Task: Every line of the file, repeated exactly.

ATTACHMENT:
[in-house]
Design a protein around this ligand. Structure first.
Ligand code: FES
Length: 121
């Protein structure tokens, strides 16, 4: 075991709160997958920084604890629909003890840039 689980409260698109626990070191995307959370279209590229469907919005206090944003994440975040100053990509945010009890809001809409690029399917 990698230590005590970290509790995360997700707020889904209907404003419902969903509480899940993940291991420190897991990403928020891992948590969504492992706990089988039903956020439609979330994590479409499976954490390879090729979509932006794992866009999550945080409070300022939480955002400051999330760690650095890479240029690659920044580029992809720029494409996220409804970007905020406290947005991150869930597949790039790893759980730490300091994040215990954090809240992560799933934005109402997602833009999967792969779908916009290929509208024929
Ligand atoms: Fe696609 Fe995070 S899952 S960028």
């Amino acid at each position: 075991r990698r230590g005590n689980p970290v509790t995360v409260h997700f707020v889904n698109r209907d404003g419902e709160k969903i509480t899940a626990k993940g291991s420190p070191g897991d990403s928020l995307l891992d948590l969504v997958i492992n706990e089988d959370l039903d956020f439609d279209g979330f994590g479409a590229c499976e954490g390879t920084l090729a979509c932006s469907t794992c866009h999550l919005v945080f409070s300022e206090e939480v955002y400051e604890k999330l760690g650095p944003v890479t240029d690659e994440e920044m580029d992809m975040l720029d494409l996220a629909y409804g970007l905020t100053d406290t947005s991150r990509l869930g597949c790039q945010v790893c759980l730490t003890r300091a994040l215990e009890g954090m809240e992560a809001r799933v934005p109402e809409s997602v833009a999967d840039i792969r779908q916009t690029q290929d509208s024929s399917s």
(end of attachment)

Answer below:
[in-house]
Design a protein around this ligand. Structure first.
Ligand code: FES
Length: 121
């Protein structure tokens, strides 16, 4: 075991709160997958920084604890629909003890840039 689980409260698109626990070191995307959370279209590229469907919005206090944003994440975040100053990509945010009890809001809409690029399917 990698230590005590970290509790995360997700707020889904209907404003419902969903509480899940993940291991420190897991990403928020891992948590969504492992706990089988039903956020439609979330994590479409499976954490390879090729979509932006794992866009999550945080409070300022939480955002400051999330760690650095890479240029690659920044580029992809720029494409996220409804970007905020406290947005991150869930597949790039790893759980730490300091994040215990954090809240992560799933934005109402997602833009999967792969779908916009290929509208024929
Ligand atoms: Fe696609 Fe995070 S899952 S960028």
């Amino acid at each position: 075991r990698r230590g005590n689980p970290v509790t995360v409260h997700f707020v889904n698109r209907d404003g419902e709160k969903i509480t899940a626990k993940g291991s420190p070191g897991d990403s928020l995307l891992d948590l969504v997958i492992n706990e089988d959370l039903d956020f439609d279209g979330f994590g479409a590229c499976e954490g390879t920084l090729a979509c932006s469907t794992c866009h999550l919005v945080f409070s300022e206090e939480v955002y400051e604890k999330l760690g650095p944003v890479t240029d690659e994440e920044m580029d992809m975040l720029d494409l996220a629909y409804g970007l905020t100053d406290t947005s991150r990509l869930g597949c790039q945010v790893c759980l730490t003890r300091a994040l215990e009890g954090m809240e992560a809001r799933v934005p109402e809409s997602v833009a999967d840039i792969r779908q916009t690029q290929d509208s024929s399917s």